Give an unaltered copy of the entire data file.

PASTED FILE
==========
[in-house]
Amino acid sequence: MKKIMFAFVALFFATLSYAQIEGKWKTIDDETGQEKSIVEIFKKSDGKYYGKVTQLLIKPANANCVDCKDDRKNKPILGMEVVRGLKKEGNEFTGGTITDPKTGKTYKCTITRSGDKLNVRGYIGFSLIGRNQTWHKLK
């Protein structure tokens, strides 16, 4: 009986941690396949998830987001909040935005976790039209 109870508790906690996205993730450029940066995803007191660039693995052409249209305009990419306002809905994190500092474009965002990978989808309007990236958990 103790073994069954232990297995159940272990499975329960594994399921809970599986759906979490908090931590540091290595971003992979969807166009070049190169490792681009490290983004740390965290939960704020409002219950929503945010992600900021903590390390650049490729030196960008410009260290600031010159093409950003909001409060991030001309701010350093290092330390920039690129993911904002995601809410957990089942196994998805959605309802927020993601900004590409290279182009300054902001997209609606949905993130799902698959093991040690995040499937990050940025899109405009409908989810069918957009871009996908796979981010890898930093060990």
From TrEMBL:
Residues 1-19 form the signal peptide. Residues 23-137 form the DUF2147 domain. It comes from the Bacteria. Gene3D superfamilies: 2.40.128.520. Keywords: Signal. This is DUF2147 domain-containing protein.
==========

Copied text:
[in-house]
Amino acid sequence: MKKIMFAFVALFFATLSYAQIEGKWKTIDDETGQEKSIVEIFKKSDGKYYGKVTQLLIKPANANCVDCKDDRKNKPILGMEVVRGLKKEGNEFTGGTITDPKTGKTYKCTITRSGDKLNVRGYIGFSLIGRNQTWHKLK
């Protein structure tokens, strides 16, 4: 009986941690396949998830987001909040935005976790039209 109870508790906690996205993730450029940066995803007191660039693995052409249209305009990419306002809905994190500092474009965002990978989808309007990236958990 103790073994069954232990297995159940272990499975329960594994399921809970599986759906979490908090931590540091290595971003992979969807166009070049190169490792681009490290983004740390965290939960704020409002219950929503945010992600900021903590390390650049490729030196960008410009260290600031010159093409950003909001409060991030001309701010350093290092330390920039690129993911904002995601809410957990089942196994998805959605309802927020993601900004590409290279182009300054902001997209609606949905993130799902698959093991040690995040499937990050940025899109405009409908989810069918957009871009996908796979981010890898930093060990």
From TrEMBL:
Residues 1-19 form the signal peptide. Residues 23-137 form the DUF2147 domain. It comes from the Bacteria. Gene3D superfamilies: 2.40.128.520. Keywords: Signal. This is DUF2147 domain-containing protein.